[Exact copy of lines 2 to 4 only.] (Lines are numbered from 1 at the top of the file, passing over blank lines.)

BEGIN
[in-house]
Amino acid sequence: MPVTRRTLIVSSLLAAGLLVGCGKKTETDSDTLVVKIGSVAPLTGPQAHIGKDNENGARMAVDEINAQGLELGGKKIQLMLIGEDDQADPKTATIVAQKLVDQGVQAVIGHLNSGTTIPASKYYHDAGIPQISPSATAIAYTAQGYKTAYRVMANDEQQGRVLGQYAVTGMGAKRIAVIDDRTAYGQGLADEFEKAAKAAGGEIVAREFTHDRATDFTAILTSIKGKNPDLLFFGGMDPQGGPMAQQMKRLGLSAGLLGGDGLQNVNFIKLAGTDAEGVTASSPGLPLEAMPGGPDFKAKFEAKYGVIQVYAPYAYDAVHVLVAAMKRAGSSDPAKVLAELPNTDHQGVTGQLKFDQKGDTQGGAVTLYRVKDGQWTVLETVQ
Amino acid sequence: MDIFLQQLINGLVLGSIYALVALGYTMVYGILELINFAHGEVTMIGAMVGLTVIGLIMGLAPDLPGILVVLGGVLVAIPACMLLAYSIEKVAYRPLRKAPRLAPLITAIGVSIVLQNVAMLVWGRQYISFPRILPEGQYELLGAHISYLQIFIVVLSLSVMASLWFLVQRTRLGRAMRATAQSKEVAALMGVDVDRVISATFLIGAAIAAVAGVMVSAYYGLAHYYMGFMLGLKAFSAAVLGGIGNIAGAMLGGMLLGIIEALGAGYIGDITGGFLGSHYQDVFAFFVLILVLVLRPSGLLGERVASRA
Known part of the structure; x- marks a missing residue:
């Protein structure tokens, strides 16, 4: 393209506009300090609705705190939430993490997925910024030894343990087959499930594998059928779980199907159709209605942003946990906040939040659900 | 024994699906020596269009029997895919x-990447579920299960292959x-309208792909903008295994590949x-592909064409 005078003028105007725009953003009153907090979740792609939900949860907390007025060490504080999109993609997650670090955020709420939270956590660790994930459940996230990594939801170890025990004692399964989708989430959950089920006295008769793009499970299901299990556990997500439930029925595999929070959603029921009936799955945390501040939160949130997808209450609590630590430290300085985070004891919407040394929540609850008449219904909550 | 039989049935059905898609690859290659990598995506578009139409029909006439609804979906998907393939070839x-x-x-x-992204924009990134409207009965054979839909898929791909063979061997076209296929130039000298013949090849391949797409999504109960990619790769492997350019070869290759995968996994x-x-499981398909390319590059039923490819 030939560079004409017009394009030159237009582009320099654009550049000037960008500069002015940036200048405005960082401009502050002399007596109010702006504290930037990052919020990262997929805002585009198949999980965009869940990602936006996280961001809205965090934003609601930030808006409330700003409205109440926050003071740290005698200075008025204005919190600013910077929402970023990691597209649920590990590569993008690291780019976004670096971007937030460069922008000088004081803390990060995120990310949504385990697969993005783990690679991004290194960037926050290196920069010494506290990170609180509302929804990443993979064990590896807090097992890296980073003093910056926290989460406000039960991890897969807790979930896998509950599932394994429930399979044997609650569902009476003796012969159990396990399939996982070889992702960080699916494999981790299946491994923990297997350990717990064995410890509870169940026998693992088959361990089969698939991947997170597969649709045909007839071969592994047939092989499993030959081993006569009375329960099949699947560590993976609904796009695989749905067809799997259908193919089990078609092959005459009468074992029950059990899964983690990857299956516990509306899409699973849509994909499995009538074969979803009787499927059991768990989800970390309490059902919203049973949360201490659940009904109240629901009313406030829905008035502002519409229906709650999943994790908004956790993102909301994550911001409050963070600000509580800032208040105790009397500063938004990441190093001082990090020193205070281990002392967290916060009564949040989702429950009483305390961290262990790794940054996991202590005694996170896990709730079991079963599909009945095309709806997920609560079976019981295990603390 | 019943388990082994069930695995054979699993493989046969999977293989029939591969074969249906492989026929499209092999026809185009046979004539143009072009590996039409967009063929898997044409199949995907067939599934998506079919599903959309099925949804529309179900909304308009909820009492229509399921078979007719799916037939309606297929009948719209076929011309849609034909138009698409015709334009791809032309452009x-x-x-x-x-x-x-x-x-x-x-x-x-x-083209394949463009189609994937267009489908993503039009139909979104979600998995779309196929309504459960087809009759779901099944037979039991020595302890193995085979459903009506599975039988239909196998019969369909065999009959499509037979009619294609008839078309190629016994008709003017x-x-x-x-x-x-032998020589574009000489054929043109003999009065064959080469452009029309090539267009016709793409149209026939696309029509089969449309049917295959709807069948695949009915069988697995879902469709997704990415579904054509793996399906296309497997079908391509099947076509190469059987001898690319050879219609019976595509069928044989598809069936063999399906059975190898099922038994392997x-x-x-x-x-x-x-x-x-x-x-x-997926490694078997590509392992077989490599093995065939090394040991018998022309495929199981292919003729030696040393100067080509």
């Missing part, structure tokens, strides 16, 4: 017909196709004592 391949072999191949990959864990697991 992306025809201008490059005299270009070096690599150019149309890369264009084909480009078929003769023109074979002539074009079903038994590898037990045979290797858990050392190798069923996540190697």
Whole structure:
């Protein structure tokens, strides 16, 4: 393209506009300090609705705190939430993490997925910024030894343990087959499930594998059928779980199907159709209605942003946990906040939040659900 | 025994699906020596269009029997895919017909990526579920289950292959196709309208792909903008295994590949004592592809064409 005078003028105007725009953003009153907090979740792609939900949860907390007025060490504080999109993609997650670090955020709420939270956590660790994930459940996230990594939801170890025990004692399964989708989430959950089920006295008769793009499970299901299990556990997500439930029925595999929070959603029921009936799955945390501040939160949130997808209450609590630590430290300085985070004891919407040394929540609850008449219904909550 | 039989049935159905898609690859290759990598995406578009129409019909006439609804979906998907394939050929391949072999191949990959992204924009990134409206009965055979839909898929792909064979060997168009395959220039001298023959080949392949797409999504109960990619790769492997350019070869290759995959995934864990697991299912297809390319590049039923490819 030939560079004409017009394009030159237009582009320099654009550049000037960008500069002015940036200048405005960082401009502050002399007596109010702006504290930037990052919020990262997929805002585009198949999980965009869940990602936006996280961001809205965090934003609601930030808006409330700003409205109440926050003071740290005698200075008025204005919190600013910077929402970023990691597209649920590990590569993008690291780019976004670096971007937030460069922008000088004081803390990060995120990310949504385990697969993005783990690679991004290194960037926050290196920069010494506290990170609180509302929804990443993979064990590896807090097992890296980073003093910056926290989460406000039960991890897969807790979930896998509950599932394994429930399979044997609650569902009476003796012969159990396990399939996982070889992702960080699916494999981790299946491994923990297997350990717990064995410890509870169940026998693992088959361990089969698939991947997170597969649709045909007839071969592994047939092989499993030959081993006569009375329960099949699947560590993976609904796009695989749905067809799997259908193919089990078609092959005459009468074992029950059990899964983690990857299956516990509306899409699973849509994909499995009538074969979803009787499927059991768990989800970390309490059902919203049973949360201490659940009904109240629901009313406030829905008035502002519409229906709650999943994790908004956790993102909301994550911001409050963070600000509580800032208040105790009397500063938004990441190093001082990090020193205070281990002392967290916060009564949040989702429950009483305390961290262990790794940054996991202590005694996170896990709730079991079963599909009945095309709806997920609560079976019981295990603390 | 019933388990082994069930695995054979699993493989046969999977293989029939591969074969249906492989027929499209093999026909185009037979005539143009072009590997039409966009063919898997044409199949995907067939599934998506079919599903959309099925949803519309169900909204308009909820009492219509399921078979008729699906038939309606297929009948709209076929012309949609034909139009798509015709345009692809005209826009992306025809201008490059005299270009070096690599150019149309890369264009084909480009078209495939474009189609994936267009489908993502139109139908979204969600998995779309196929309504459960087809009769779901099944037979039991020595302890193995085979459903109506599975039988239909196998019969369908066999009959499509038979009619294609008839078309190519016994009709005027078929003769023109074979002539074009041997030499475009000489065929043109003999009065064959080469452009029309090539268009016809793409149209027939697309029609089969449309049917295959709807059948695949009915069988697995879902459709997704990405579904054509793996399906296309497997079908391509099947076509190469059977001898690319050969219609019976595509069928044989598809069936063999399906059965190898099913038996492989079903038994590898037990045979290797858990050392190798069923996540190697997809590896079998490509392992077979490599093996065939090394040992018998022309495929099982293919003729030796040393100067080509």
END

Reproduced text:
Amino acid sequence: MPVTRRTLIVSSLLAAGLLVGCGKKTETDSDTLVVKIGSVAPLTGPQAHIGKDNENGARMAVDEINAQGLELGGKKIQLMLIGEDDQADPKTATIVAQKLVDQGVQAVIGHLNSGTTIPASKYYHDAGIPQISPSATAIAYTAQGYKTAYRVMANDEQQGRVLGQYAVTGMGAKRIAVIDDRTAYGQGLADEFEKAAKAAGGEIVAREFTHDRATDFTAILTSIKGKNPDLLFFGGMDPQGGPMAQQMKRLGLSAGLLGGDGLQNVNFIKLAGTDAEGVTASSPGLPLEAMPGGPDFKAKFEAKYGVIQVYAPYAYDAVHVLVAAMKRAGSSDPAKVLAELPNTDHQGVTGQLKFDQKGDTQGGAVTLYRVKDGQWTVLETVQ
Amino acid sequence: MDIFLQQLINGLVLGSIYALVALGYTMVYGILELINFAHGEVTMIGAMVGLTVIGLIMGLAPDLPGILVVLGGVLVAIPACMLLAYSIEKVAYRPLRKAPRLAPLITAIGVSIVLQNVAMLVWGRQYISFPRILPEGQYELLGAHISYLQIFIVVLSLSVMASLWFLVQRTRLGRAMRATAQSKEVAALMGVDVDRVISATFLIGAAIAAVAGVMVSAYYGLAHYYMGFMLGLKAFSAAVLGGIGNIAGAMLGGMLLGIIEALGAGYIGDITGGFLGSHYQDVFAFFVLILVLVLRPSGLLGERVASRA
Known part of the structure; x- marks a missing residue: